You want candidates who are passionate about what they do for a living, don’t you?
Of course, you do. But passion for a profession is tough to get a grip on. There’s a lot of fake passion out there. Enthusiasm is great, but it’s not passion. Passion is what keeps you grinding for days on a single issue when no one but you really cares. Curiosity is also great, but I know a lot of intellectually curious people who don’t have the depth necessary to call it passion.
Cheerleaders are enthusiastic. Drifters are curious. Passionate people dig in for the long haul, even when it’s incredibly hard.
How can you test passion in an interview? Find out whether the people you are interviewing have passion for what they do (or are simply paying the bills) through some of the following interview strategies:
1. Ask candidates how they stay up to date in their field. If you see a glut of reliance on professional training and formal activities that happen in company time, you’re probably not dealing with passion. Passionate people tend to loathe the training in their own field, because they don’t think it’s deep enough.
2. Ask a candidate to give you a big question in their field they’d like to solve and why. Ask them what they’ve done related to starting to figure out the answer. Probe hard on the answers they give. See any creativity? You might have passion. See lots of glittering generalities or an emphasis on the work of others? That’s fake passion.
3. Ask a candidate how they find others in their profession to connect with, and how often they connect with others in their field outside of their company. What do they talk about? What type of information is exchanged? How have those connections helped them? Are they finding people and introducing themselves outside of traditional associations? That’s what passionate people do.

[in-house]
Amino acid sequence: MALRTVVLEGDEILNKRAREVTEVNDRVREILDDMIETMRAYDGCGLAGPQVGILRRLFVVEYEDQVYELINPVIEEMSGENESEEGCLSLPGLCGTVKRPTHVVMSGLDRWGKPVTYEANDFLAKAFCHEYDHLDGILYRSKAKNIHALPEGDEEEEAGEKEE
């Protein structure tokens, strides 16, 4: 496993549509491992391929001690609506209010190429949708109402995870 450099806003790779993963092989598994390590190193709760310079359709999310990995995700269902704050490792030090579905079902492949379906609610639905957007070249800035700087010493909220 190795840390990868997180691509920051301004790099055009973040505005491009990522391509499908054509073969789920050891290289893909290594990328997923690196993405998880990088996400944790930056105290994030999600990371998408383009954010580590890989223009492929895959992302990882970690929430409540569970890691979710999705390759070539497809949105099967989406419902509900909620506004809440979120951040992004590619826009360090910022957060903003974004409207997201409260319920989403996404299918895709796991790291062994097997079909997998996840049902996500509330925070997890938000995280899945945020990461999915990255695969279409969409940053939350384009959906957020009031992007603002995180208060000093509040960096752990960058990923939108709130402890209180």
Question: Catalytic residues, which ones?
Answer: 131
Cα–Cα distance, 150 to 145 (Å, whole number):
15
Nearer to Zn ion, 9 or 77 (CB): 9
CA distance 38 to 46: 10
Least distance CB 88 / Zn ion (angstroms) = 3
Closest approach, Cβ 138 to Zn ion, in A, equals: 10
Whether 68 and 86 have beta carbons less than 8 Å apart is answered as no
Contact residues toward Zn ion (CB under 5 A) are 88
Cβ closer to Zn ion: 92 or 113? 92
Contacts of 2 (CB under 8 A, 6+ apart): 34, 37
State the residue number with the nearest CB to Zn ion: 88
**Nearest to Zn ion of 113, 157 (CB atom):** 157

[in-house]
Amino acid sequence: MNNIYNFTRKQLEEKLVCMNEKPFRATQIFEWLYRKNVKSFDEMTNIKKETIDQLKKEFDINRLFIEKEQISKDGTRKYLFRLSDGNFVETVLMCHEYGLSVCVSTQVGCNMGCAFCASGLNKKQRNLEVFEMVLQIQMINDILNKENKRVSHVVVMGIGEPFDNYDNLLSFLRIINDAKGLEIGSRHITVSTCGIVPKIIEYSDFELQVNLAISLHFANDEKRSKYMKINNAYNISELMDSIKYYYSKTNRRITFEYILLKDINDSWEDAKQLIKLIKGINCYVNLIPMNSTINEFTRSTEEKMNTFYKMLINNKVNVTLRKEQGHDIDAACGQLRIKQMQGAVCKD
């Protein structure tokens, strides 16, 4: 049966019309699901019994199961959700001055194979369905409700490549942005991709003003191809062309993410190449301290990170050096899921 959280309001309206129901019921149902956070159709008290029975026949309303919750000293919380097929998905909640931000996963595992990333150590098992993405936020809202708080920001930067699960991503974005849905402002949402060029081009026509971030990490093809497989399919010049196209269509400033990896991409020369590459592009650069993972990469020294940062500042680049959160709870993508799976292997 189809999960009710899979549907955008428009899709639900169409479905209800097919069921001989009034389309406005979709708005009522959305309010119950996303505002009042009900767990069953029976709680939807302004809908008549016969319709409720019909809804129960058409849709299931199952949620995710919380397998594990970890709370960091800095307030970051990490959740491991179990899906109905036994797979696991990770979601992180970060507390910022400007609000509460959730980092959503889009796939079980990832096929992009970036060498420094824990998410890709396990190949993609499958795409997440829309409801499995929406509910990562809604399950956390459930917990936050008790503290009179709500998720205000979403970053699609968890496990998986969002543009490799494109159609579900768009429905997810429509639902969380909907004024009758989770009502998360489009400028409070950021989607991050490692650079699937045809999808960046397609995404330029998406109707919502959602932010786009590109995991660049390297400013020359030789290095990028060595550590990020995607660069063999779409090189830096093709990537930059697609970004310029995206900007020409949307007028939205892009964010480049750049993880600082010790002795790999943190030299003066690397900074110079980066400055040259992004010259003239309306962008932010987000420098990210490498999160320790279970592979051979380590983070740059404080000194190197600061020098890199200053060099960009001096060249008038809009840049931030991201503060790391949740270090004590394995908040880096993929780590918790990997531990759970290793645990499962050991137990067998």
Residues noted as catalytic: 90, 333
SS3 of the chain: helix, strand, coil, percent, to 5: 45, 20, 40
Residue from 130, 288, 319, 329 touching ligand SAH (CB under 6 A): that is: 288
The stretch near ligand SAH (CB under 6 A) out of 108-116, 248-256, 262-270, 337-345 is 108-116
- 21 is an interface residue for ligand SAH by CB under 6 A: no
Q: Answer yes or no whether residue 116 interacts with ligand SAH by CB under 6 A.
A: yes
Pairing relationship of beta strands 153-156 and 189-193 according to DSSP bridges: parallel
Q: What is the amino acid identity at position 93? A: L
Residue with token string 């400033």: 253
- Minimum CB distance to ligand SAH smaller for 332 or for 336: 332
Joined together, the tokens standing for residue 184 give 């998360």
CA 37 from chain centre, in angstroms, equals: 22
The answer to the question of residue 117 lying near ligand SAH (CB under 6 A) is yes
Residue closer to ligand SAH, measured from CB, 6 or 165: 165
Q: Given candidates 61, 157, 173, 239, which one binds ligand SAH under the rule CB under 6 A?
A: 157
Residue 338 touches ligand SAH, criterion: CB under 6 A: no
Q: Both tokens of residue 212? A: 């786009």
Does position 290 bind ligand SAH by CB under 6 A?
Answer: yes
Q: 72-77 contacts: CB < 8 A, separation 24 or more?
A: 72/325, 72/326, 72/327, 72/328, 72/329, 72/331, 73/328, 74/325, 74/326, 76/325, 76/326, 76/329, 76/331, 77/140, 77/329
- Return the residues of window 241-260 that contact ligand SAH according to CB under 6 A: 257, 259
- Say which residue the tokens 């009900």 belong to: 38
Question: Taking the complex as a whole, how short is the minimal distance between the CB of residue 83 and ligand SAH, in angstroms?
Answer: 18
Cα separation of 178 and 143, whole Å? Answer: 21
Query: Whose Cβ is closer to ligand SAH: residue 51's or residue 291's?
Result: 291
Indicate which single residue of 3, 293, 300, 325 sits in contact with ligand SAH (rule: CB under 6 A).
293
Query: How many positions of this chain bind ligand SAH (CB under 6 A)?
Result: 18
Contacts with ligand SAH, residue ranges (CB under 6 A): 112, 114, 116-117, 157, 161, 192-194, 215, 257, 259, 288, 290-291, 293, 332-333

4. Ask Motivational Fit questions. When have you been most satisfied in your work at Company X? Least Satisfied? If the answers show a consistent theme of talking about BS factors rather than a clear line towards being able to do interesting work related to their field, it’s hard to project them as passionate in their field.
And no, Alice—passion for something that’s not work-related doesn’t count for you as an interviewer. It’s nice to know you run marathons, but it has no impact on things that emulate from passion for the profession—continuous improvement, innovation, etc. It does tell me you’re probably not going to cost a lot for healthcare, though. Thanks!
Start asking questions that give you line of sight for professional passion in your candidates. No fake passion or passion that doesn’t produce results.
Or just keep looking for people who want to make the donuts and go home. The world needs ditch-diggers too.
FOT Note: This rant is brought to you by the good folks at Halogen Software who like us enough to be an annual sponsor at FOT for all content in our performance management track (and don’t expect that we run any of this by them ahead of time).